He's been seen by three different vets including laminitis/feet lameness specialist today. Nobody seems to have a clue or an idea where is the primary source of pain or where is the lameness coming from.
The vet who saw him today concluded that he exhibits a very difficult type of lameness/unlevelness to diagnose, that he isn't lame enough to nerve block (????), that the lameness is in front and the back end is fine.
After almost an hour of walking, trotting, prodding, lungeing on soft, hard surface etc I was told 'I'm sorry but I can't really say what the real problem is here'...!!!!
He said he can see the unlevelness in front which gets worse on hard ground and when circles get tighter. Kingsley preferred to pop himself into canter than stay in trot on the lunge. At times, it looked like coordination issue when he would trot with hindlegs and yet started cantering/hoping himself into canter with front legs.
Canter generally looked level BUT varied from three beat to four beat at times.
Vet said that as he sees it right now, there are 2 options:
OPTION 1 Start bringing Kingsley back to work, first by turning him out for a week or so, then starting to walk him under the saddle for 10-15 minutes a day if safe to do so, strengthen his muscles and check whether the problem resolves itself. Get the physiotherapist to investigate the muscle imbalances, analyse gaits etc (vet found a very sore muscle in Kingsley's neck which apparently means he is holding himself to avoid loading the front legs with excessive weight).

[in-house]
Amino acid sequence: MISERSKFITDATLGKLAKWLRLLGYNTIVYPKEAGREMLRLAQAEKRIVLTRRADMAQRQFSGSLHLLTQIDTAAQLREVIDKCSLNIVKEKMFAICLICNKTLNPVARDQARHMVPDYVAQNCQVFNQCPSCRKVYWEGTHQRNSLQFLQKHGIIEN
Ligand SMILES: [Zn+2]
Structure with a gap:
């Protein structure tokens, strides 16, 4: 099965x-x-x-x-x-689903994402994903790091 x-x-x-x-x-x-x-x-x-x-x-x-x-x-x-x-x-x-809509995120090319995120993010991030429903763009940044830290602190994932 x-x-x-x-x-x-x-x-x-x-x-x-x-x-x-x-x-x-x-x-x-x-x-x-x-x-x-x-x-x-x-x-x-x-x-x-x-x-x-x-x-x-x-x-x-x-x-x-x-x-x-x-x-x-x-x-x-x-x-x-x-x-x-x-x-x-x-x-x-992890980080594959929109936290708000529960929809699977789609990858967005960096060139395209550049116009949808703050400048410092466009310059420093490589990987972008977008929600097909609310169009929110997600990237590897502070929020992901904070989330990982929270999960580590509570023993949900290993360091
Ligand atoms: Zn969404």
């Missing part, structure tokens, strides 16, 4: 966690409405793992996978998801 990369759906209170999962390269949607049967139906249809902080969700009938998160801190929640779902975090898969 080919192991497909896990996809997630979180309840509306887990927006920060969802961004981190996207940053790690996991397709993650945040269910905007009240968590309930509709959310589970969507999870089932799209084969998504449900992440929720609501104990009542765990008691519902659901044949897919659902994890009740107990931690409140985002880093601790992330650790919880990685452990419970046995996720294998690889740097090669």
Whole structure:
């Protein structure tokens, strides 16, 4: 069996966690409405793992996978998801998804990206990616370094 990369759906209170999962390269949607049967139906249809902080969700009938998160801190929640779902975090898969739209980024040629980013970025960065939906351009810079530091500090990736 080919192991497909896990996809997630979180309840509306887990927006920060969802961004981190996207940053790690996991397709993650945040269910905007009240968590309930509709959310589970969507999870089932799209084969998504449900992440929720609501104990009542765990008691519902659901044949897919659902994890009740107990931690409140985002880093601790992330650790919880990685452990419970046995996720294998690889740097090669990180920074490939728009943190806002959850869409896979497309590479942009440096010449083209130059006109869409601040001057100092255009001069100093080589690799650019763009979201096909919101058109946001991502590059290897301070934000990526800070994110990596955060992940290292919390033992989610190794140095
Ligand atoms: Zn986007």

This will either make him become sounder or he will get lamer. If the former than it might be that for some reason he stressed his front legs and due to his conformation (wide moving in front) he is finding it difficult to re-educate his gaits and move correctly.
If he gets lamer, the theory is we can then see what really is sore and proceed with nerve blocks and/or X-rays and MRI.
OPTION 2 Second option is to bone scan straight away. This is a cost of around £800...
For now we will try to find the best physio in the area and see what they can tell (good physio should be able to do do gait analysis and pin point muscle imbalances and tightness etc). We will get the vets to talk to the physio and see what we can do from there. He will also go out into the field as he is generally quiet there and doesn't really run around.
Having said that, he was rather creative on the lunge today launching himself into orbit and looking rather jolly!
His legs are swelling/filling free entirely at the moment. He seems generally happy within himself, interested in everything and doesn't seem to be in any discomfort.
Puzzling or what? Any ideas?